So what would it take for D&D to become a national pastime? It’s hard to put hard requirements down because there are lots of variables. Recognition, intimate knowledge, and acceptance all play major roles (and maybe seasonal shelf space at Wal-Mart). I suppose A-list celebrities might help. But the complexities, requirements, and buy-in of D&D are too great for this too ever happen.
What would the popular D&D, brother to Monopoly in every home, look like?
What if you could roleplay at a table that actually contained all the game logic? It recognized your mini when you placed on the surface and presented an array of options available to your character and resolved the challenges based upon GM and Player input? In addition, you were not constrained to play within the rules (game logic), but could play “freestyle” any time you wish by simply switching of the rules?
Four feats sourced from infantry combat tactics that are particularly useful to characters that use polearms. A few of these ideas were inspired by the d20 Conan RPG.
This foot long cylinder is fashioned from the blackest obsidian about three inches in diameter and is capped by two small infernal skulls of silver. It is also embossed with intricate silver filigree that contains imagery of two skeletal hands gripping the cylinder from opposite directions. It is filled with the powdered remains of an osyluth (bone devil) skull.
Radiance House Publishing released Secrets of Pact Magic and Villains of Pact Magic a couple of years ago as supplements for 3.5 Dungeons & Dragons. Dario Nardi, the man behind the books, recently updated the series with a free 4 page Pathfinder conversion guide. The guide makes the rules supplements more accessible for groups using Paizo’s successful iteration of D&D 3.5.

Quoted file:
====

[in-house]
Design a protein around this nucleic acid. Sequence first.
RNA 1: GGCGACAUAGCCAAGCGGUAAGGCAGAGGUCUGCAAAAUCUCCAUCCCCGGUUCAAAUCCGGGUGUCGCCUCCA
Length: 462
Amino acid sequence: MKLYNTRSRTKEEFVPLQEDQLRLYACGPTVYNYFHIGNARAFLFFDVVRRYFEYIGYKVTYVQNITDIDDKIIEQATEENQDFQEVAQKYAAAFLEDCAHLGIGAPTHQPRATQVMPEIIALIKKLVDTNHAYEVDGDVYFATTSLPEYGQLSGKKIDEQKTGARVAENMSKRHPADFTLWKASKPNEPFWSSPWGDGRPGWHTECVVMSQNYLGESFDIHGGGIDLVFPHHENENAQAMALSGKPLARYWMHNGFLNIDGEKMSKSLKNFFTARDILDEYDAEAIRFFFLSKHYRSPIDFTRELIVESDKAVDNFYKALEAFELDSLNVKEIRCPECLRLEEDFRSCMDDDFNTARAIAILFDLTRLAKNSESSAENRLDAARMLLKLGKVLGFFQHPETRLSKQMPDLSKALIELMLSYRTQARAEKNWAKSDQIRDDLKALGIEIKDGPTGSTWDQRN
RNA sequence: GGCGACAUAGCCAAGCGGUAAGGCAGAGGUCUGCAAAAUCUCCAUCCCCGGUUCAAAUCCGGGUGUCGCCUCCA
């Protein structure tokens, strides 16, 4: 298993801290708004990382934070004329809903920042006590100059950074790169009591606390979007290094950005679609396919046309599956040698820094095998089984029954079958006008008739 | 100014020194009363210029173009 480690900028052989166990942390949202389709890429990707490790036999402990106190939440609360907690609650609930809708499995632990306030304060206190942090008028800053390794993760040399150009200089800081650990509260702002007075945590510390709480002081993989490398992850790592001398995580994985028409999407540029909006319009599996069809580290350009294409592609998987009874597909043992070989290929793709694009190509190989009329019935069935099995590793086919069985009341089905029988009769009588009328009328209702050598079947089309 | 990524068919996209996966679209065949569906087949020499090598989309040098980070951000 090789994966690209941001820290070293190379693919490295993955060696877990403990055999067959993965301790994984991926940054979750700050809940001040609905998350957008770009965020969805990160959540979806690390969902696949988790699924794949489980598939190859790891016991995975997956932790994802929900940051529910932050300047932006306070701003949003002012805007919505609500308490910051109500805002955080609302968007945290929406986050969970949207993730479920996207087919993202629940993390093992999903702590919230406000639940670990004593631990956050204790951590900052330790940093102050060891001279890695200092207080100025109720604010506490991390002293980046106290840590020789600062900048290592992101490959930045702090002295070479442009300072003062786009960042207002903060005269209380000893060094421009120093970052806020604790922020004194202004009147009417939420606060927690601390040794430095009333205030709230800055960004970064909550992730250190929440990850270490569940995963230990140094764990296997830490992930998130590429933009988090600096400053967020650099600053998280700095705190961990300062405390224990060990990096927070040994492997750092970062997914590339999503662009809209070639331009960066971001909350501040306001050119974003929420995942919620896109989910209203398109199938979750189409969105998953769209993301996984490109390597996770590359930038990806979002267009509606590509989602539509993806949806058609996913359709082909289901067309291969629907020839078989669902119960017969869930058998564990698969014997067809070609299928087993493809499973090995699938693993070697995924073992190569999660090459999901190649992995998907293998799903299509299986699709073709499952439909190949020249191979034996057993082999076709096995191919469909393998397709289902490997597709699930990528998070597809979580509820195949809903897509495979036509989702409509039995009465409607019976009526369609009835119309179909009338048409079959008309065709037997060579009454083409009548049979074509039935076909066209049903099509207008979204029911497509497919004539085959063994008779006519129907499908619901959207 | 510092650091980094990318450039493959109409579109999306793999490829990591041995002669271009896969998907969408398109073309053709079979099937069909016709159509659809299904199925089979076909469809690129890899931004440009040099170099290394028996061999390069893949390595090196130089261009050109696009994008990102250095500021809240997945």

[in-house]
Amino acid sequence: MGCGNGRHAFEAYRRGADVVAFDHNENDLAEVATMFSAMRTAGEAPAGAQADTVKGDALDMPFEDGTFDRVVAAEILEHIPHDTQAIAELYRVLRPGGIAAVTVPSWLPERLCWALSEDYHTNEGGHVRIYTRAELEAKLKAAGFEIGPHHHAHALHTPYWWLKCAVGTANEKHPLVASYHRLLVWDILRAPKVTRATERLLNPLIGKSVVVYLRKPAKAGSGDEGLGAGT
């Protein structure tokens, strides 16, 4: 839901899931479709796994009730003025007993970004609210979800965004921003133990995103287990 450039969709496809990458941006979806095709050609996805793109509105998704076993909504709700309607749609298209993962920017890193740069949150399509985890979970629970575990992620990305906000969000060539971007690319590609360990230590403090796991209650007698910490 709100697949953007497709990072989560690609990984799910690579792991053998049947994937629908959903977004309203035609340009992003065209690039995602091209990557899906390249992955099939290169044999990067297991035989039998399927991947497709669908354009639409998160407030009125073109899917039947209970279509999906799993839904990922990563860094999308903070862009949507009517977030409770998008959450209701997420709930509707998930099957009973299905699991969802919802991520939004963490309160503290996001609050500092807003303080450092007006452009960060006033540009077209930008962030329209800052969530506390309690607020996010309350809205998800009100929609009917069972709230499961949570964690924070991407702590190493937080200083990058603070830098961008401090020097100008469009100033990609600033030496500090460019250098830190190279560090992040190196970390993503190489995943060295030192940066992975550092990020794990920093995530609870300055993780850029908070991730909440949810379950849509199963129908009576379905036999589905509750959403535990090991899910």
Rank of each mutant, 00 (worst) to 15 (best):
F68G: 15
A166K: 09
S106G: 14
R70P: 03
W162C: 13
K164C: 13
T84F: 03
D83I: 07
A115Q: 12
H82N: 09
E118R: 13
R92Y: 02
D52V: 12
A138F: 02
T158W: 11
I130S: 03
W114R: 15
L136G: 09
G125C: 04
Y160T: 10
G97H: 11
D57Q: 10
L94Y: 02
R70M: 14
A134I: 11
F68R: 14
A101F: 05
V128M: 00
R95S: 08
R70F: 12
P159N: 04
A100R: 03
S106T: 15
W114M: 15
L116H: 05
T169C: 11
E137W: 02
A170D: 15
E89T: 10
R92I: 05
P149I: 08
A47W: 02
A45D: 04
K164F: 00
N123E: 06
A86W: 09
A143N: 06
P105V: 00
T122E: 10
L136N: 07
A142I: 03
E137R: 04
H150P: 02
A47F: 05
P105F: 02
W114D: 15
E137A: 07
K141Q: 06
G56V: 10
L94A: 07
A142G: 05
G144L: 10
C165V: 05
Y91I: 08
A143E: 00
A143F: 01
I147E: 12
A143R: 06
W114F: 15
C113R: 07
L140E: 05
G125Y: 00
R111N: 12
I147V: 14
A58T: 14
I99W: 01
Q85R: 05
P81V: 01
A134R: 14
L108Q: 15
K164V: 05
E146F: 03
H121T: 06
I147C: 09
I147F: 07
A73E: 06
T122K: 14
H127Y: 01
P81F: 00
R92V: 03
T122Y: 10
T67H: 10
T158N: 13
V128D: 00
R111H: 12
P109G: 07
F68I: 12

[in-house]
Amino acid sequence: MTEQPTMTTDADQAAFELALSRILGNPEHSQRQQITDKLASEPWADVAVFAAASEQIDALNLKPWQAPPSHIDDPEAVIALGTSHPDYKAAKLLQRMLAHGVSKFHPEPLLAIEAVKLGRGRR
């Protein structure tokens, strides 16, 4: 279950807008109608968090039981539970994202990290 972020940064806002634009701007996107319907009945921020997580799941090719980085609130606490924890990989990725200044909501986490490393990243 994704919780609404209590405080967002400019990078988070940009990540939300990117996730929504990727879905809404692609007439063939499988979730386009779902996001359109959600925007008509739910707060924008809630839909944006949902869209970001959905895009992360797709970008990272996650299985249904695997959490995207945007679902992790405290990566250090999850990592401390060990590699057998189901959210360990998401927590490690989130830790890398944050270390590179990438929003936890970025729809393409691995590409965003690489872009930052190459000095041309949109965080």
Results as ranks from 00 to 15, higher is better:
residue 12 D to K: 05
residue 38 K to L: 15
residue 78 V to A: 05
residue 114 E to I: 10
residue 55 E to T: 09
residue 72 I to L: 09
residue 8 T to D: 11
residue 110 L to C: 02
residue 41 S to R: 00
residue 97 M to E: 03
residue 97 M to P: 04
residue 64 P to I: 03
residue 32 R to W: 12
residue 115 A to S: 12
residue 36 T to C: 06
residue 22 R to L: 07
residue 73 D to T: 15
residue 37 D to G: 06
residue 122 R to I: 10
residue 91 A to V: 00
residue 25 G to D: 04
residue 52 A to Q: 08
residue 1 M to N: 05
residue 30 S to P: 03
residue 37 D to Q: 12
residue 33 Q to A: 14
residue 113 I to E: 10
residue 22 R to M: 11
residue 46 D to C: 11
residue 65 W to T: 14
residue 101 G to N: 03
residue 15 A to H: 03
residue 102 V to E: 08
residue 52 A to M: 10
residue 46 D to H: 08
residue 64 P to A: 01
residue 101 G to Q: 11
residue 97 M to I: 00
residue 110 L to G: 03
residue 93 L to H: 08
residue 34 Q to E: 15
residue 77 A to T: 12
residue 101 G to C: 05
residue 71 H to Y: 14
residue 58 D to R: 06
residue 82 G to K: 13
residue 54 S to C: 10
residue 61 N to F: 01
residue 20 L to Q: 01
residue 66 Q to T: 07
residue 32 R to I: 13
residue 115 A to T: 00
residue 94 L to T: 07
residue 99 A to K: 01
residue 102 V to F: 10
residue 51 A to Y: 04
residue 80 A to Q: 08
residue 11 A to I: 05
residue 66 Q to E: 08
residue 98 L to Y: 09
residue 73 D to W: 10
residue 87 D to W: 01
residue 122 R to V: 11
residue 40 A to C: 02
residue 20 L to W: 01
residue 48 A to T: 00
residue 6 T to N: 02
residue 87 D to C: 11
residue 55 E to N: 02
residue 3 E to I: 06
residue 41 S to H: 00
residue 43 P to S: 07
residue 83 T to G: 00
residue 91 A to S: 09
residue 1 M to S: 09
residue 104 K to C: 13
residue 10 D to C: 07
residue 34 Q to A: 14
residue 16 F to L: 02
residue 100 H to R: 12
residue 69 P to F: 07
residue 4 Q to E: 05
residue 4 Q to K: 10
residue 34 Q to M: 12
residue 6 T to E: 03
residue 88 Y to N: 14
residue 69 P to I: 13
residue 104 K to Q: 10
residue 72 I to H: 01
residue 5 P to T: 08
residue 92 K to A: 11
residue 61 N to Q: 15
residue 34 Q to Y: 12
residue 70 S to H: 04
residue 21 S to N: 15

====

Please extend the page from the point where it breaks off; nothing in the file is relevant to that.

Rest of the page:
After playing Pathfinder for a few months, I am already hankering for some new options. I have played solely as a Cleric, though at different levels as well as both positive energy and negative energy versions. I love the new channel energy so I have crafted some fine new Feats for the Cleric that should prove very useful.
The fine folks over at Alderac Entertainment Group were kind enough to send me a copy of their Ultimate Toolbox, a book of tables, charts, seeds, and sidebars to inspire and aid the Game Master or player of any fantasy based roleplaying game. This book is far larger than its predecessor, the Toolbox, and is system agnostic to boot. It clocks in at 400 pages, none of which are wasted.
The Pathfinder Chronicles Campaign Setting is probably one of the best setting books that I have seen in the past few years. The official Pathfinder RPG campaign setting is the world of Golarion, where all the Pathfinder Adventure Paths and Pathfinder Society modules take place. Golarion and its cosmology truly offer something for everyone.
The Labs presents an ever growing collection of Pathfinder RPG resources. Find links to the official SRD, character generators, and other resources here. If you know something that isn’t listed, be sure to leave a comment with a link to the resource and it will be added promptly.